After Rome, Florence and Venice are arguably Italy’s most popular tourist destinations.
After Naples, the two cities were my next targets.
One is the hub of art, architecture and culture—the cradle of the Italian Renaissance.
The other is the romantic deteriorating city of sparkling aquamarine canals, gondolas and Carnevale.
Florence is harmonious. Colored marble facades and terra-cotta roofs dominate.
Venice is eclectic. Styles and colors run together pell-mell.
Florence glows at dusk.
Florence is opulent grandeur. Palaces. Bridges. Masterworks.
Venice is damp and disintegrating. Slimy seaweed. Rotting water-logged wood. Musty bookstores.
Florence is stomach-turning tripe. You take a bite before throwing it mercifully into the trash can.
Venice is inky black cuttlefish pasta. It tastes like the sea, but less salty and more earthy.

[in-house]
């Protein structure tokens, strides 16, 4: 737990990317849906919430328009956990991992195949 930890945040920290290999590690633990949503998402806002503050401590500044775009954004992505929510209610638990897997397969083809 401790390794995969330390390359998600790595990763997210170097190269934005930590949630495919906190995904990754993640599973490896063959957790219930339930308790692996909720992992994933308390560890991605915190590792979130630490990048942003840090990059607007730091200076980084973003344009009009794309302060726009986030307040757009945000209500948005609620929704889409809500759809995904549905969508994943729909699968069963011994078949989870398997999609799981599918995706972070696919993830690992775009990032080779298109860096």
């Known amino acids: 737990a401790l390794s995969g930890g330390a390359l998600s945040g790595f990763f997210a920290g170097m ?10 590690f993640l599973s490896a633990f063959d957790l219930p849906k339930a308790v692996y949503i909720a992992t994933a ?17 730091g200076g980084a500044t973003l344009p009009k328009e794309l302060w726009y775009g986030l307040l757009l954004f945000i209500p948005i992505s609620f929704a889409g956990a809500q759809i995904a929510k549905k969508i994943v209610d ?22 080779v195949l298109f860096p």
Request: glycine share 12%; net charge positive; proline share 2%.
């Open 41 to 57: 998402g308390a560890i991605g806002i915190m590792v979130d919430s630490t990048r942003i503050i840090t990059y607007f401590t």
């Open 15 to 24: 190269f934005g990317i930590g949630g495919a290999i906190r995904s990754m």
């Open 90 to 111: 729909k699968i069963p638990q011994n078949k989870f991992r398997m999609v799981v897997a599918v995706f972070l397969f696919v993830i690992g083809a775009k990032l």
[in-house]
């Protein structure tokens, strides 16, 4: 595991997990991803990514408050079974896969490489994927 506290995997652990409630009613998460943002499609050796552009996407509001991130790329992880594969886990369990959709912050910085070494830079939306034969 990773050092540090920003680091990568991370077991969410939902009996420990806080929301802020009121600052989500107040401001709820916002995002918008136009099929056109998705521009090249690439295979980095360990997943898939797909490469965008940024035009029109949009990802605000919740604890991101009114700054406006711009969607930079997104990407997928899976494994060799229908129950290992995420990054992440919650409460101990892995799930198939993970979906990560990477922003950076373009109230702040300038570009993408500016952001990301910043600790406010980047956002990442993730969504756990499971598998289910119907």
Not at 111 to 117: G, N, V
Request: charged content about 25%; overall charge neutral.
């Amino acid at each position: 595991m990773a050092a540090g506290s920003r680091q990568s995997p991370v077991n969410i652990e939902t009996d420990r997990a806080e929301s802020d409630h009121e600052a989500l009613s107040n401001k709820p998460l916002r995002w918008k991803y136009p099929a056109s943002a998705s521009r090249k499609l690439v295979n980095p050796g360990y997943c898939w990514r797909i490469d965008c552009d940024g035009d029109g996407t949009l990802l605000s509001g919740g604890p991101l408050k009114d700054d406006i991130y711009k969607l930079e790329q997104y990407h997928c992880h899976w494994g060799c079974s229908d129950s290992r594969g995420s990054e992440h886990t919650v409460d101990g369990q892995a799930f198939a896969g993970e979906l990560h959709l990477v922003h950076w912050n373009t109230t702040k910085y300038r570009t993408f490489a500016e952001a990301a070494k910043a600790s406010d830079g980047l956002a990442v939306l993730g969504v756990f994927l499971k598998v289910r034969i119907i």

Florence is three separate trips to Gelateria Carraia. White chocolate pistachio. Lemon cookie. Ricotta pear.
Venice is sipping limoncello canal-side to escape the flood of tourists.
In Florence you stare, mesmerized, at lifelike statues.
In Venice you stand still as a statue with soggy bread in your hands, tempting pigeons.
Florence is grounded, solid. The hint of movement frozen in stone.
Venice is untethered, fluid. The moored boats straining to join the current.
Stability and order are friendly comforts. Freedom is vertigo-inducing but not unwelcome; I’ve found it’s refreshing to be unbound.